involves the ability to use notes to ask questions, research further and read more widely.  Learners need practice in this skill level so that the road map that a lecture or seminar has given them can be used to investigate further.  That's the application of data, and it's more than retention and understanding.
  3. Analysing
    involves breaking down data into parts and understanding how things fit together.  It is not enough to come out of a session armed with a set of facts.  The facts need to be analysed and organised.  They may need arranging, testing, classifying and categorising and practice needs to be provided.
  4. Evaluating
    involves judging what is central and important and distinguishing it from peripheral and inessential information.  Learners need to practise the ability to look at what they have gleaned and prioritise things to bring out essential points.
  5. Creating
    involves using the notes to synthesise something new.  That may be a presentation at a seminar, an essay or an answer to an examination question.  You can't do this without practice and lots of it because it also involves recalling, understanding, applying, analysing and evaluating what you have encountered.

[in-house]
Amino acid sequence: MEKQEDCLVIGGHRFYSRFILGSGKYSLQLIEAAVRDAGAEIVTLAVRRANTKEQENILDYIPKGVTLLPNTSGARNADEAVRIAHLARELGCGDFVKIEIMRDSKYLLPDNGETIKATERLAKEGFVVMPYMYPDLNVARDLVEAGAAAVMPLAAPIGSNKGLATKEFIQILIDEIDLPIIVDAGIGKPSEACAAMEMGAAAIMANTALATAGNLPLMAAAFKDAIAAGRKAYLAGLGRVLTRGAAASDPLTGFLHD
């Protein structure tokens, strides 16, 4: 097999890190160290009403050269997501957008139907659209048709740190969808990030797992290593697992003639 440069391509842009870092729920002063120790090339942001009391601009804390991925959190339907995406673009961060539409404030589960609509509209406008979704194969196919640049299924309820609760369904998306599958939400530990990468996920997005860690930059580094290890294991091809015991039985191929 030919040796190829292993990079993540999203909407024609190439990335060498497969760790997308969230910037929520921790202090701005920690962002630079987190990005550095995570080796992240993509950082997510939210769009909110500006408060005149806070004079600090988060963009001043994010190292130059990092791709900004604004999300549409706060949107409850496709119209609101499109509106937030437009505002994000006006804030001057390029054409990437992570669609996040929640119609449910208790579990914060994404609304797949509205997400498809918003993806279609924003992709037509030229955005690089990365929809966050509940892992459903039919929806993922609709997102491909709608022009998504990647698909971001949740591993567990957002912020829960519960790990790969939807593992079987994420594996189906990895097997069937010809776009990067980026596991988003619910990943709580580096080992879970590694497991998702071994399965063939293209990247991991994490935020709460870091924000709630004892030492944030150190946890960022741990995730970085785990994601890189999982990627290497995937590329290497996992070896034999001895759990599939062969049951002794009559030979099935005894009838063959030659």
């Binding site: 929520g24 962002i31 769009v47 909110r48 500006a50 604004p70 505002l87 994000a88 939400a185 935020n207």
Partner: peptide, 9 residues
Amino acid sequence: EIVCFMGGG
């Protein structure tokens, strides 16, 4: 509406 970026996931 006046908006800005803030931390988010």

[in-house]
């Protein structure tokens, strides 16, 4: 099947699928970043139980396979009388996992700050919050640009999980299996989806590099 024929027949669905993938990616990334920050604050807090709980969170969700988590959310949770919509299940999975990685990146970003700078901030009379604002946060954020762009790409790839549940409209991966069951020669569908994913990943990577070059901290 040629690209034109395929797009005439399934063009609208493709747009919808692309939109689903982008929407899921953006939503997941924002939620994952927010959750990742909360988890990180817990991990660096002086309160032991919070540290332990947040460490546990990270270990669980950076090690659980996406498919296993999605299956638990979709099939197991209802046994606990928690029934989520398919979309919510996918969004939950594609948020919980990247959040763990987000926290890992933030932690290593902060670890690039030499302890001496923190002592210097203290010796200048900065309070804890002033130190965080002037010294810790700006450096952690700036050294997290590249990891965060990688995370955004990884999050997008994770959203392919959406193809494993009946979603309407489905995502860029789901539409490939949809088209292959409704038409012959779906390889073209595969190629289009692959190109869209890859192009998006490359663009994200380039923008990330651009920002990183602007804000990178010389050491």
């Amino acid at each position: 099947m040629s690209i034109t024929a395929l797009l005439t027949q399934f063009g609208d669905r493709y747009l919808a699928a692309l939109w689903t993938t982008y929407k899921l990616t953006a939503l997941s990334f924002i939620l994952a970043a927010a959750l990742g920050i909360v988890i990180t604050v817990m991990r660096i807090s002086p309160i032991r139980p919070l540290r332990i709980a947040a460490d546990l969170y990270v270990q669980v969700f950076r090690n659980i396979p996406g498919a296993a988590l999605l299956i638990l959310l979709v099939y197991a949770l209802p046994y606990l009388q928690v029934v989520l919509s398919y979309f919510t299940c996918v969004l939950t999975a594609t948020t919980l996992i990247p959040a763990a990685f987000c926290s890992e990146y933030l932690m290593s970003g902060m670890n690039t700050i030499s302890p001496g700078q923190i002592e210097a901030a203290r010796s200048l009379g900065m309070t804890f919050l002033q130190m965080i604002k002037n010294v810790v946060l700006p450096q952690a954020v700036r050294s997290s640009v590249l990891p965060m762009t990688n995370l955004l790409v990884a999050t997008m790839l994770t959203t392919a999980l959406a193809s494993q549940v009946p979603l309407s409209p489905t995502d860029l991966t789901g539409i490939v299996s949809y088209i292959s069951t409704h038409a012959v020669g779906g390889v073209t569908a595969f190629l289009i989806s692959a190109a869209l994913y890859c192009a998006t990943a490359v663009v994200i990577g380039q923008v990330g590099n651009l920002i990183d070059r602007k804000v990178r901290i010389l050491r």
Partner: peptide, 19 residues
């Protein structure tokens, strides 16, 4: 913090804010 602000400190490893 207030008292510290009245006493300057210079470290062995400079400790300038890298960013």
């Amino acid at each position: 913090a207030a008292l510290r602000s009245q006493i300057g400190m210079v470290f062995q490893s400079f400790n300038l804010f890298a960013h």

It is important that learners are aware of the levels of cognition at which they are working.


The choices

Linear note taking and making

This is a familiar form of note making and taking but has a few variables:

  1. Simple sentence making.
    In this form, note takers simply write a new sentence for every idea they encounter.  The result will be a page of sentences, each distinct from the neighbouring sentences and each representing a single idea.  Even when the speaker has carefully explained a causal relationship between two ideas, they will appear in separate sentences but be linked with a simple arrow to show the direction of causality.
  2. Paragraphing and indenting.
    In this form, notes are organised like this:
    1. First main point
      1. Subheading
        1. First example and result
        2. Second example
      2. Next sub heading
    2. Second main point
  3. Focused notes.